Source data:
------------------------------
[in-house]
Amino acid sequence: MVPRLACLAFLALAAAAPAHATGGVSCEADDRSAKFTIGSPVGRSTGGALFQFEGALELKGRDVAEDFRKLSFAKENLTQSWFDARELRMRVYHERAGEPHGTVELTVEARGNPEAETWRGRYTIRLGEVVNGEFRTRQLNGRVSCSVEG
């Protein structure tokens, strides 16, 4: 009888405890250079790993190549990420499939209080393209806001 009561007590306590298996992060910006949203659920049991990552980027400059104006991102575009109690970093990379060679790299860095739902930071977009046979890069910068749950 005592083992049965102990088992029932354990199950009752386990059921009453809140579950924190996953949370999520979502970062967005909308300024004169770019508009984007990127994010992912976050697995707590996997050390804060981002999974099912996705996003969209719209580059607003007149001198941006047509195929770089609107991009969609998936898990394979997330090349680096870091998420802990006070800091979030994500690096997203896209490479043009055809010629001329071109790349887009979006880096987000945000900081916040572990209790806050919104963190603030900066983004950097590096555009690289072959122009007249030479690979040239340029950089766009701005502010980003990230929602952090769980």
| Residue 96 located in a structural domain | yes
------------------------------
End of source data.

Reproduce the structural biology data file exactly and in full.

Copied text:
[in-house]
Amino acid sequence: MVPRLACLAFLALAAAAPAHATGGVSCEADDRSAKFTIGSPVGRSTGGALFQFEGALELKGRDVAEDFRKLSFAKENLTQSWFDARELRMRVYHERAGEPHGTVELTVEARGNPEAETWRGRYTIRLGEVVNGEFRTRQLNGRVSCSVEG
């Protein structure tokens, strides 16, 4: 009888405890250079790993190549990420499939209080393209806001 009561007590306590298996992060910006949203659920049991990552980027400059104006991102575009109690970093990379060679790299860095739902930071977009046979890069910068749950 005592083992049965102990088992029932354990199950009752386990059921009453809140579950924190996953949370999520979502970062967005909308300024004169770019508009984007990127994010992912976050697995707590996997050390804060981002999974099912996705996003969209719209580059607003007149001198941006047509195929770089609107991009969609998936898990394979997330090349680096870091998420802990006070800091979030994500690096997203896209490479043009055809010629001329071109790349887009979006880096987000945000900081916040572990209790806050919104963190603030900066983004950097590096555009690289072959122009007249030479690979040239340029950089766009701005502010980003990230929602952090769980």
| Residue 96 located in a structural domain | yes